Titles and abstracts were scanned by one author (AH) to identify eligible studies according to agreed inclusion and exclusion criteria. The full paper of potential studies was retrieved for more detailed assessment.
Stage 2 - search through "Iranmedex" and Iranian University Index Libraries
IranMedex is the website for Iranian medical index database (http://www.iranmedex.com). The website is a search engine to identify studies published in Persian or English, including articles in Persian or International journals, medical thesis or scientific reports. IranMedex enables one to purchase some articles or abstracts but not all.
The above mentioned keywords were used to identify articles by searching Iranmedex for further articles. The titles of all related articles and medical theses were reviewed. Since the full papers of many studies were not available in the website of "Iranmedex", one author (DSR) searched medical index for each major medical school in Iran, and the well-known Iranian medical journals to get hold of the relevant papers. To access the medical theses, medical index libraries were visited to copy or scan the relevant parts and forward it to the co-author (AH).
Stage 3 - search the references of the relevant papers
Each reference in all relevant papers was checked for any additional articles.
Stage 4 - Official Data on "Burden of Disease in Iran"
The data for the year 2003 is published in a book "National Burden of Disease & Injury in Iran", so-called "The Green Book", with exclusive rights to the Ministry of Health. It reports the results of the study on the national burden of disease. The ongoing project is implemented by the Ministry of Health and Medical Education including a team of epidemiologists, sociologists, medical and dental specialists. The study is conducted in 6 provinces including: Eastern Azarbayejan, Booshehr, Chahar Mahal & Bakhtiari, Khorasan, Hormozgan and Yazd. A software coding system, which is comparable with global burden of disease studies, is designed for the study to collect the data from both hospitals and primary health care systems.
The access to the official data was obtained via direct communication with the current Ministry of Health in Iran. Although the data has valuable information on the nationwide burden of diseases, it does not carry strong pathophysiological and epidemiological value. The reported incidence and mortality statistics are limited by inaccuracy, variable diagnostic and coding methods by both medical and non-medical administrative staff, and the absence access to detailed information on the cases, pathology subtypes, methods and individual studies. We therefore, did not include the data in this study.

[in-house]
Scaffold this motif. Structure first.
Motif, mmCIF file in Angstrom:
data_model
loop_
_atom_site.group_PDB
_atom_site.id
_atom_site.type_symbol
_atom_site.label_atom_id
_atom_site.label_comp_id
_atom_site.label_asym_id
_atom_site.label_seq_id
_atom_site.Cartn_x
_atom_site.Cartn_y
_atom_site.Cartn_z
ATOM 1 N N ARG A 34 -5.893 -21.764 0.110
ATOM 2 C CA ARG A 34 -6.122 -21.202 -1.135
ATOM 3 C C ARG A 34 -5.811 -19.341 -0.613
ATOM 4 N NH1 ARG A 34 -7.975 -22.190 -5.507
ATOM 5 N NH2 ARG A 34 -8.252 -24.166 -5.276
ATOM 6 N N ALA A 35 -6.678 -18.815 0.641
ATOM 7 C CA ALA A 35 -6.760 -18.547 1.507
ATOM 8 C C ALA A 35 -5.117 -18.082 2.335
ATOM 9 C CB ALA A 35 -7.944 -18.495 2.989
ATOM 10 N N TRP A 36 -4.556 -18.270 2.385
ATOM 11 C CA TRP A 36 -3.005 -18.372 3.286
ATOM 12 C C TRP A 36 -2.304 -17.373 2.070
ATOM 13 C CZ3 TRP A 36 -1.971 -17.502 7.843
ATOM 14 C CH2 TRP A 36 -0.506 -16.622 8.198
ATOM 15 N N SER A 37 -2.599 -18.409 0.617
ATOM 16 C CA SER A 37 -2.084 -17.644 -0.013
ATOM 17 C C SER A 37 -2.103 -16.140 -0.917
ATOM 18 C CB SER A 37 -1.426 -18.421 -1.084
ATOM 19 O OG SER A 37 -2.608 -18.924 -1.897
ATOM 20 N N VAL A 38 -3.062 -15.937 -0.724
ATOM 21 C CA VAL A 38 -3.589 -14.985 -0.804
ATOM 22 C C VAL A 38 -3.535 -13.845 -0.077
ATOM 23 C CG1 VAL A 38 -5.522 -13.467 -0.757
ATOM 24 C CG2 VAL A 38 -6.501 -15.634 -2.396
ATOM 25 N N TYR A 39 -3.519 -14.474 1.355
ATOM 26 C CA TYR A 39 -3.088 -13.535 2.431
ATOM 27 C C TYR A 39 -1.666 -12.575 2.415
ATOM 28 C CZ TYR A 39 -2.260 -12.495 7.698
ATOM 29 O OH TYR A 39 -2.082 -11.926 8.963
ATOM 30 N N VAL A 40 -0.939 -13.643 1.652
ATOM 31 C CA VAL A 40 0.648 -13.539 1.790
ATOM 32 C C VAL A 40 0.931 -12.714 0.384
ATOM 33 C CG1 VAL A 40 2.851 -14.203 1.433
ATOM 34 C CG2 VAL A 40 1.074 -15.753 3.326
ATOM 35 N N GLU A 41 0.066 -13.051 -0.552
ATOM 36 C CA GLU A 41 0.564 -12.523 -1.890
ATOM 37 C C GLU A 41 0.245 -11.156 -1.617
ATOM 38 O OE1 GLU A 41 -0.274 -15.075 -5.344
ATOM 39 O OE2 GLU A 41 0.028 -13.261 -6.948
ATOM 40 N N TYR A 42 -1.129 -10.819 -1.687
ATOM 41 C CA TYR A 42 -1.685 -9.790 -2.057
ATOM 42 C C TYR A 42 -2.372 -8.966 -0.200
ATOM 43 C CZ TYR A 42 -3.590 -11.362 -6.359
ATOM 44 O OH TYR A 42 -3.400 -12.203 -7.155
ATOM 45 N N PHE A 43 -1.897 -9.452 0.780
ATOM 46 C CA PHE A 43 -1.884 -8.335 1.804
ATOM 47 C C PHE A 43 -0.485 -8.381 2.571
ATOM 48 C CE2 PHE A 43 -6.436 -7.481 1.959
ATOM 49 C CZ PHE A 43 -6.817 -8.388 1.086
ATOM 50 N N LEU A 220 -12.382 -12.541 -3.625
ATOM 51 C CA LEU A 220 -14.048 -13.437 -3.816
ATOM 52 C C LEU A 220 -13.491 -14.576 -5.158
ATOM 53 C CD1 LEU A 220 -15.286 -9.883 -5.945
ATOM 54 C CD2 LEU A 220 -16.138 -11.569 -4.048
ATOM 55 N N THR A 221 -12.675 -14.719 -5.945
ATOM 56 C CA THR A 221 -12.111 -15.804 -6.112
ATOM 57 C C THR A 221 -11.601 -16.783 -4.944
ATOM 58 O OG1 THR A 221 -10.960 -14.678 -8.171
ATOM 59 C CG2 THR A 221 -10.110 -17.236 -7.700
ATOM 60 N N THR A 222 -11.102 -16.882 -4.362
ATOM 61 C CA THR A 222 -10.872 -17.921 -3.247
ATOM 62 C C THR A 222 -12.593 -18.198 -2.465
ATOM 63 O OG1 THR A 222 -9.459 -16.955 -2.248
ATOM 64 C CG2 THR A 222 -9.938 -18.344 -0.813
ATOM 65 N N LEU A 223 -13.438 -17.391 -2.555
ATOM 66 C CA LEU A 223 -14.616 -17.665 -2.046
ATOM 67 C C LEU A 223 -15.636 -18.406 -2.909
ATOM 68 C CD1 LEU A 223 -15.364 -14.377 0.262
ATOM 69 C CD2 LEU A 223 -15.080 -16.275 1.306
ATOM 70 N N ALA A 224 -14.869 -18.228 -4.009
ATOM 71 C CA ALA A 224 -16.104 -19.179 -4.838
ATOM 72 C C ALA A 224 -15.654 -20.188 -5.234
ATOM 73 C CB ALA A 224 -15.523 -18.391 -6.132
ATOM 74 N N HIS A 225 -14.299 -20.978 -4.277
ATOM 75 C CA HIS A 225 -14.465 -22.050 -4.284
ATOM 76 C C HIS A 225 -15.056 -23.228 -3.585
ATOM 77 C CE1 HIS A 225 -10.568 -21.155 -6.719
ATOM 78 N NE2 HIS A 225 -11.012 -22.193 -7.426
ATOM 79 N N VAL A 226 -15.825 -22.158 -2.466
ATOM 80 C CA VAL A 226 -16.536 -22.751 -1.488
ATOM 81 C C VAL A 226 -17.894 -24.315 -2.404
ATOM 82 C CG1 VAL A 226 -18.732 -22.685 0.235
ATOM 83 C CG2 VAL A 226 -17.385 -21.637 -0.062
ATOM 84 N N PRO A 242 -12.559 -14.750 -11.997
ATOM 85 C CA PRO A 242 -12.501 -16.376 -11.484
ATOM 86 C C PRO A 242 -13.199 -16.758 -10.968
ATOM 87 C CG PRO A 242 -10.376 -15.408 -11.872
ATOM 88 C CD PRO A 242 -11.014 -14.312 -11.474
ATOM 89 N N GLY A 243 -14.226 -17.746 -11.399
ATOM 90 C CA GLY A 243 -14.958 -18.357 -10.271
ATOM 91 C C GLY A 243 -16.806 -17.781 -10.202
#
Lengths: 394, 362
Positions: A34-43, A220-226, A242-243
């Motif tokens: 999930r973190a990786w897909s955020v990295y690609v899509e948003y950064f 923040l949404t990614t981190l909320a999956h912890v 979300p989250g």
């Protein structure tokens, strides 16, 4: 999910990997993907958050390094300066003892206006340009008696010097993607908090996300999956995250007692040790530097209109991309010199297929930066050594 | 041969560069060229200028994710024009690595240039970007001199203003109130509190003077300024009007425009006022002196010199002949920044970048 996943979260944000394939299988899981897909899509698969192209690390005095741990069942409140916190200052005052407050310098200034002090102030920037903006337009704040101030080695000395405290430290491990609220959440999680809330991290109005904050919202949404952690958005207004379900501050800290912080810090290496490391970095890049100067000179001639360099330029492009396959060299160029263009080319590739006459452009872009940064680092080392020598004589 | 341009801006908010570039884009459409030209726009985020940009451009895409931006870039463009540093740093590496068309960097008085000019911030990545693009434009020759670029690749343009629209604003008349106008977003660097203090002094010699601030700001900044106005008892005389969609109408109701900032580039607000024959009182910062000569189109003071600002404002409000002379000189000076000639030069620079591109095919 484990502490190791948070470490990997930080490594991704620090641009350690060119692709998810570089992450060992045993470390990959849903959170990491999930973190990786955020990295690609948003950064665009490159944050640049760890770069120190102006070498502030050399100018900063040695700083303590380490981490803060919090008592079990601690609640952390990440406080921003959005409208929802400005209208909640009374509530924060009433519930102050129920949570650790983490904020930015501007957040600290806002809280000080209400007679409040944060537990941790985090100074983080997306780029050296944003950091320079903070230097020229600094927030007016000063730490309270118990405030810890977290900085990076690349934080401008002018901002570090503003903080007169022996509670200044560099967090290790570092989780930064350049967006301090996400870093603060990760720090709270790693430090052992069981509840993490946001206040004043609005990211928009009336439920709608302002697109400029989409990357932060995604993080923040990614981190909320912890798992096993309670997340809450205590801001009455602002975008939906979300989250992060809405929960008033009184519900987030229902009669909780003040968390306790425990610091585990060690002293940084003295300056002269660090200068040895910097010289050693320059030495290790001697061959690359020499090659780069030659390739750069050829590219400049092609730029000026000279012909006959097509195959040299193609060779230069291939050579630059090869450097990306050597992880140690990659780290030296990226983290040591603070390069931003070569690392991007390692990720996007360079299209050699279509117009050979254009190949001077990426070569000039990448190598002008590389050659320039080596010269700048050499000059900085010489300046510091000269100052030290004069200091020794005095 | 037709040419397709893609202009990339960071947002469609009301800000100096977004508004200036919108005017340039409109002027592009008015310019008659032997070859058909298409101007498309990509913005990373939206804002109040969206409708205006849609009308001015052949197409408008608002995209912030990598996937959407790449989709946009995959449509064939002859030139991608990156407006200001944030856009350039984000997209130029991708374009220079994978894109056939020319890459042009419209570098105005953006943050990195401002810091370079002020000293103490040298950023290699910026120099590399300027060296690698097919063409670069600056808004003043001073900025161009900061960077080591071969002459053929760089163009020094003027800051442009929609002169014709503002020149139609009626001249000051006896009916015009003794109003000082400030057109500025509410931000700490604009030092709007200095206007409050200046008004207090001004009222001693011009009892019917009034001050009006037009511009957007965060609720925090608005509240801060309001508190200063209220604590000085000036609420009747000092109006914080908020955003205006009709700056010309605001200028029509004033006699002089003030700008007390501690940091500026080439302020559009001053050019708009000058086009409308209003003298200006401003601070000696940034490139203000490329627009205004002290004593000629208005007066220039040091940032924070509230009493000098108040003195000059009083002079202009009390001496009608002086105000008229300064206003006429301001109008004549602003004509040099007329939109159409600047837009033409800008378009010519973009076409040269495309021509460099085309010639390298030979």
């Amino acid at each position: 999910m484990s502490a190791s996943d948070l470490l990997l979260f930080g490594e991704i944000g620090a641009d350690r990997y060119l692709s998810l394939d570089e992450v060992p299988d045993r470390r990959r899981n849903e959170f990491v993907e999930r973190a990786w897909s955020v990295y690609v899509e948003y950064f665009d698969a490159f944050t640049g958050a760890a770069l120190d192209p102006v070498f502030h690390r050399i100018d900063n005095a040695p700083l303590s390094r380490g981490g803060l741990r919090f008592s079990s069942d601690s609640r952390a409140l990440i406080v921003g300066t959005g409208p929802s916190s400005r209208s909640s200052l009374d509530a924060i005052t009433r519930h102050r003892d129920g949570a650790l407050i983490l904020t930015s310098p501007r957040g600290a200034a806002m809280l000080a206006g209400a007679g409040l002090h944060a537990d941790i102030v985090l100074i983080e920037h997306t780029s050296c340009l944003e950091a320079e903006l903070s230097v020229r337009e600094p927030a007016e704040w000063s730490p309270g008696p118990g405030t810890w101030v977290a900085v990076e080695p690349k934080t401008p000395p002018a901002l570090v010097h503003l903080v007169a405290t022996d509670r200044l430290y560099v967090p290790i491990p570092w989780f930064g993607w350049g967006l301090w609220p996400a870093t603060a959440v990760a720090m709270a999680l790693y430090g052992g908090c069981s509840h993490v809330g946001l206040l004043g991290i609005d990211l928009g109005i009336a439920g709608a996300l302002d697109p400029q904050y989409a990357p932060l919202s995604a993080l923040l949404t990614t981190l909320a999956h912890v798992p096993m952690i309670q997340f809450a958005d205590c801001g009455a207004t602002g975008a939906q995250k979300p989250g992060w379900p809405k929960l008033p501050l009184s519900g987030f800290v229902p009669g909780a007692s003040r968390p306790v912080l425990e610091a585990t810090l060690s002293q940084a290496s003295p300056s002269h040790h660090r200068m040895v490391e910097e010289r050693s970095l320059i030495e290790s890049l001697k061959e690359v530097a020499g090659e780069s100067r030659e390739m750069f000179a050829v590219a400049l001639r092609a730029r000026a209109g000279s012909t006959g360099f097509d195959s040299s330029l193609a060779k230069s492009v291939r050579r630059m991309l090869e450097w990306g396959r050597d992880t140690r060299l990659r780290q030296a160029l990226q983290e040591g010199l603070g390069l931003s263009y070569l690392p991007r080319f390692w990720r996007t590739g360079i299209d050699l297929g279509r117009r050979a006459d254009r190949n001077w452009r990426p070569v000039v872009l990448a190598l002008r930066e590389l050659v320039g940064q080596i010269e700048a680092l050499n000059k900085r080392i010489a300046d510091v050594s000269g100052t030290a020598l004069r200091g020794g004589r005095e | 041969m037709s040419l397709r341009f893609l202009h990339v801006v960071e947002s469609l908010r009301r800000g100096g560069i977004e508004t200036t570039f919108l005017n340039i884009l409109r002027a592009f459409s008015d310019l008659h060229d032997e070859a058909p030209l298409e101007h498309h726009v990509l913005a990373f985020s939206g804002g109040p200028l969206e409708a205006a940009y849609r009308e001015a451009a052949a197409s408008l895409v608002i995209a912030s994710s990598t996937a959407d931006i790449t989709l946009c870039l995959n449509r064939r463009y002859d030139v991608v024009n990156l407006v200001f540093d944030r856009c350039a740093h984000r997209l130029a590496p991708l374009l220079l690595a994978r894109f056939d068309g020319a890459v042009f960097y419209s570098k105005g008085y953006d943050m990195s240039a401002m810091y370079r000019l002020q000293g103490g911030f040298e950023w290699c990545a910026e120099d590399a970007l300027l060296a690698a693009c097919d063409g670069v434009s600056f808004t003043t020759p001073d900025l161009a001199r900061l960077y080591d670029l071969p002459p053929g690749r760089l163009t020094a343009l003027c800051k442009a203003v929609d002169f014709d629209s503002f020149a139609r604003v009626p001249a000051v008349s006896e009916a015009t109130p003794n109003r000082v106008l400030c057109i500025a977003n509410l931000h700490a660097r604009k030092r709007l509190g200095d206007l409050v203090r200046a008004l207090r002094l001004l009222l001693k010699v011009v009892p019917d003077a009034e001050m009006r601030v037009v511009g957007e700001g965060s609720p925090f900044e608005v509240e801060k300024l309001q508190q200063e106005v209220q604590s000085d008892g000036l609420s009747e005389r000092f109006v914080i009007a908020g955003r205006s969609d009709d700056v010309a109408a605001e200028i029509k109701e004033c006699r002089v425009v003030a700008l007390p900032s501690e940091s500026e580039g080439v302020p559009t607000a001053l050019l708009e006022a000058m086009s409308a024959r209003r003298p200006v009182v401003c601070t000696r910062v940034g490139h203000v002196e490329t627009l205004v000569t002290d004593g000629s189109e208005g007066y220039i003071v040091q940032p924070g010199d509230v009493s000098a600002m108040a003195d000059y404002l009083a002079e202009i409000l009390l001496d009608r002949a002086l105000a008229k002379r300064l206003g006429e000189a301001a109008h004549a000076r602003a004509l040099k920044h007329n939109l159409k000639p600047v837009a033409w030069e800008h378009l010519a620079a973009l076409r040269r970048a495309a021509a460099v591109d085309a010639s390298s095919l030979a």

Inclusion and exclusion criteria
The study was conducted in Iran,
The stroke is clearly defined, the definition varied in different studies: mostly defined as a focal neurological deficit, confirmed by a trained physician, that persisted for at least 24 hours; all the cases recruited to the study had brain computed tomography (CT) or magnetic resonance imaging (MRI) and underwent batteries of standard investigations including at least electrocardiography, blood count, serum electrolytes, blood sugar and lipid profile.
The study contained data about frequency (incidence, prevalence) or clinical pattern (types, risk factors and outcome) or mortality rate of stroke,
The study was published before 2nd February 2009, and written in English or Persian,
Studies on cerebral venous sinus thrombosis and comparative studies on individual stroke risk factor analysis were excluded.
The following data were extracted from identified papers: stroke incidence, prevalence, patient sex and age, stroke type, risk factors, and clinical outcome. The included articles were reviewed and data was analysed descriptively. Statistical analysis or meta-analysis was not attempted due to significant variability in both data sources and study methodologies.
Summaries of all studies on stroke in Iran
City or province
Study period in years
Included for assessment
Janghorbani, et al
< two, 1993-1994
Azimian, et al
Masoud, et al
Ashrafi, et al
One,1997 (1 yr)
Miabi, et al
Ravari, et al
Noor-Mohammadi, et al
Harirchian, et al
Andelib, et al
< half a year, 1998
Asadpour, et al
< a year, 1998
Ebrahimi, et al
Razaazian, et al
Hosseini, et al
EmadZadeh, et al
Togha, et al